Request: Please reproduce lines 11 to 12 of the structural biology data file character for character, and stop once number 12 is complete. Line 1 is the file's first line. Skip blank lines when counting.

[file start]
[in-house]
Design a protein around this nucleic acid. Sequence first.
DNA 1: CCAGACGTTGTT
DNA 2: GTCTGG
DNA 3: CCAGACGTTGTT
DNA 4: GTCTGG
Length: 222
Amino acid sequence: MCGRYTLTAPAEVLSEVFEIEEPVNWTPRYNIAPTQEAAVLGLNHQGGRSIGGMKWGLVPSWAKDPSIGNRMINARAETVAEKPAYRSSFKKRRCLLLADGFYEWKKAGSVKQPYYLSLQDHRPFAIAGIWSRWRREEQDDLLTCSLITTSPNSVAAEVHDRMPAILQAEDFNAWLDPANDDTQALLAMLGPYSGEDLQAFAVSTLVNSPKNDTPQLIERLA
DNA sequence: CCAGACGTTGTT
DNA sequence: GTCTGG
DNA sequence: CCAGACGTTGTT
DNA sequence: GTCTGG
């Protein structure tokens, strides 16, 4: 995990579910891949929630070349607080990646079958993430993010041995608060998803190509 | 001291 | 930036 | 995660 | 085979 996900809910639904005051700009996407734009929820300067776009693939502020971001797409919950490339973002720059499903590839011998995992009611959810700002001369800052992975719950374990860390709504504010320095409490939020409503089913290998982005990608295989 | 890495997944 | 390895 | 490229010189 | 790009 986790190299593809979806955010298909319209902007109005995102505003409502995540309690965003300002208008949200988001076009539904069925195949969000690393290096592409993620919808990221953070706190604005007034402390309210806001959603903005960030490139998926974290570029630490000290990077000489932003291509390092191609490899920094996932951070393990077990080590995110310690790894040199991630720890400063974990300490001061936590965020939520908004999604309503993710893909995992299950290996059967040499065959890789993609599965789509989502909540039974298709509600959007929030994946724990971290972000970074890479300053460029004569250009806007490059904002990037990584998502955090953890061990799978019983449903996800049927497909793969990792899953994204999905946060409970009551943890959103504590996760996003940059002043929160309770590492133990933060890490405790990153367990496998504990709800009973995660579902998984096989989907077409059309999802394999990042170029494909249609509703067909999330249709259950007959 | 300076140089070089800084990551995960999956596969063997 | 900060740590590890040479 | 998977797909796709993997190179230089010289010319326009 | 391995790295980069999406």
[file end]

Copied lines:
DNA sequence: CCAGACGTTGTT
DNA sequence: GTCTGG